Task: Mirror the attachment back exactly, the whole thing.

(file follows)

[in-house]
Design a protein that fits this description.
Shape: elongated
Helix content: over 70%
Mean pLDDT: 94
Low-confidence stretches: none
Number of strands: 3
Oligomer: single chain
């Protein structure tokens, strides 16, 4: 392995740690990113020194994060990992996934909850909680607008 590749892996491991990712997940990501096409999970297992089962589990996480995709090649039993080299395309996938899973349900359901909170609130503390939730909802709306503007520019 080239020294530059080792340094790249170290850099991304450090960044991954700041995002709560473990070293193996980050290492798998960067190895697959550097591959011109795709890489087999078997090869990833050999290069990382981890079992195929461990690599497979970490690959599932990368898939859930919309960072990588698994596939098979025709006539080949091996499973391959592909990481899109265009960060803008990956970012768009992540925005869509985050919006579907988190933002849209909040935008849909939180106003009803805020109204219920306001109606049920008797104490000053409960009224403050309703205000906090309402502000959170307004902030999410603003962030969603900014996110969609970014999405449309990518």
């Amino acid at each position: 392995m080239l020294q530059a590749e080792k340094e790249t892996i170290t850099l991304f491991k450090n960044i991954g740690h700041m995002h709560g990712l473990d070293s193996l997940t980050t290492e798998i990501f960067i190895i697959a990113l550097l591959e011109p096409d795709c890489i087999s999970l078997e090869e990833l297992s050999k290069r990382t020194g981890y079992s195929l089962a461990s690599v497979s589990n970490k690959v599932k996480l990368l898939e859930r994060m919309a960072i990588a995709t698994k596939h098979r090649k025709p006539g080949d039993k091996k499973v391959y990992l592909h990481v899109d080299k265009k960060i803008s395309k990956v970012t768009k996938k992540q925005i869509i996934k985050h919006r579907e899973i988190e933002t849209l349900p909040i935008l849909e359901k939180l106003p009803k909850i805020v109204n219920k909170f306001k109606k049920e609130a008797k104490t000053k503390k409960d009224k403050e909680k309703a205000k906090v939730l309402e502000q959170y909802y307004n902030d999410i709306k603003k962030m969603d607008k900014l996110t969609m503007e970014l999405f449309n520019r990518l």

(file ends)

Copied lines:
[in-house]
Design a protein that fits this description.
Shape: elongated
Helix content: over 70%
Mean pLDDT: 94
Low-confidence stretches: none
Number of strands: 3
Oligomer: single chain
């Protein structure tokens, strides 16, 4: 392995740690990113020194994060990992996934909850909680607008 590749892996491991990712997940990501096409999970297992089962589990996480995709090649039993080299395309996938899973349900359901909170609130503390939730909802709306503007520019 080239020294530059080792340094790249170290850099991304450090960044991954700041995002709560473990070293193996980050290492798998960067190895697959550097591959011109795709890489087999078997090869990833050999290069990382981890079992195929461990690599497979970490690959599932990368898939859930919309960072990588698994596939098979025709006539080949091996499973391959592909990481899109265009960060803008990956970012768009992540925005869509985050919006579907988190933002849209909040935008849909939180106003009803805020109204219920306001109606049920008797104490000053409960009224403050309703205000906090309402502000959170307004902030999410603003962030969603900014996110969609970014999405449309990518």
């Amino acid at each position: 392995m080239l020294q530059a590749e080792k340094e790249t892996i170290t850099l991304f491991k450090n960044i991954g740690h700041m995002h709560g990712l473990d070293s193996l997940t980050t290492e798998i990501f960067i190895i697959a990113l550097l591959e011109p096409d795709c890489i087999s999970l078997e090869e990833l297992s050999k290069r990382t020194g981890y079992s195929l089962a461990s690599v497979s589990n970490k690959v599932k996480l990368l898939e859930r994060m919309a960072i990588a995709t698994k596939h098979r090649k025709p006539g080949d039993k091996k499973v391959y990992l592909h990481v899109d080299k265009k960060i803008s395309k990956v970012t768009k996938k992540q925005i869509i996934k985050h919006r579907e899973i988190e933002t849209l349900p909040i935008l849909e359901k939180l106003p009803k909850i805020v109204n219920k909170f306001k109606k049920e609130a008797k104490t000053k503390k409960d009224k403050e909680k309703a205000k906090v939730l309402e502000q959170y909802y307004n902030d999410i709306k603003k962030m969603d607008k900014l996110t969609m503007e970014l999405f449309n520019r990518l």